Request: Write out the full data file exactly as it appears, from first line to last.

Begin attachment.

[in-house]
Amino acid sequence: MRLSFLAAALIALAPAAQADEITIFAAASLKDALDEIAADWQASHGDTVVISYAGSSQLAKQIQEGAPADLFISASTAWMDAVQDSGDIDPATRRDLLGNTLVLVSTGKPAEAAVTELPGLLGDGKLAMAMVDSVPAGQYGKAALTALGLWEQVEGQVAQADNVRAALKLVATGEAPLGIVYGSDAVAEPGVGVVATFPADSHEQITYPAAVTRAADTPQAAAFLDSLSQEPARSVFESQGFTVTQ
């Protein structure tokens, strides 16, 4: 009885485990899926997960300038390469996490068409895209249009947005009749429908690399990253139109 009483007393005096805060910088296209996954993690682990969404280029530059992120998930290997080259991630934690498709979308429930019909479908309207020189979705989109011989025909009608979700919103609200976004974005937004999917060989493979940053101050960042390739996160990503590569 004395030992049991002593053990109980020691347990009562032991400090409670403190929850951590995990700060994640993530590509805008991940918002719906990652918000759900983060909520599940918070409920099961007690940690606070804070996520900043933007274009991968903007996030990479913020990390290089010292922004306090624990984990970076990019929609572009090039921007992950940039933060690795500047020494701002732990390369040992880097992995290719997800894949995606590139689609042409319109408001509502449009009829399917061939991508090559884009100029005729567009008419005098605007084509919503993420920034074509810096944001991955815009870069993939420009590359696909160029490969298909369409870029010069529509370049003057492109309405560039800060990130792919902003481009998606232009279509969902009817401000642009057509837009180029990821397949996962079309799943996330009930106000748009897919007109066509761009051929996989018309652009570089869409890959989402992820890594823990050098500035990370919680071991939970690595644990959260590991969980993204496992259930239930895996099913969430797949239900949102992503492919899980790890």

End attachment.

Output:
[in-house]
Amino acid sequence: MRLSFLAAALIALAPAAQADEITIFAAASLKDALDEIAADWQASHGDTVVISYAGSSQLAKQIQEGAPADLFISASTAWMDAVQDSGDIDPATRRDLLGNTLVLVSTGKPAEAAVTELPGLLGDGKLAMAMVDSVPAGQYGKAALTALGLWEQVEGQVAQADNVRAALKLVATGEAPLGIVYGSDAVAEPGVGVVATFPADSHEQITYPAAVTRAADTPQAAAFLDSLSQEPARSVFESQGFTVTQ
């Protein structure tokens, strides 16, 4: 009885485990899926997960300038390469996490068409895209249009947005009749429908690399990253139109 009483007393005096805060910088296209996954993690682990969404280029530059992120998930290997080259991630934690498709979308429930019909479908309207020189979705989109011989025909009608979700919103609200976004974005937004999917060989493979940053101050960042390739996160990503590569 004395030992049991002593053990109980020691347990009562032991400090409670403190929850951590995990700060994640993530590509805008991940918002719906990652918000759900983060909520599940918070409920099961007690940690606070804070996520900043933007274009991968903007996030990479913020990390290089010292922004306090624990984990970076990019929609572009090039921007992950940039933060690795500047020494701002732990390369040992880097992995290719997800894949995606590139689609042409319109408001509502449009009829399917061939991508090559884009100029005729567009008419005098605007084509919503993420920034074509810096944001991955815009870069993939420009590359696909160029490969298909369409870029010069529509370049003057492109309405560039800060990130792919902003481009998606232009279509969902009817401000642009057509837009180029990821397949996962079309799943996330009930106000748009897919007109066509761009051929996989018309652009570089869409890959989402992820890594823990050098500035990370919680071991939970690595644990959260590991969980993204496992259930239930895996099913969430797949239900949102992503492919899980790890």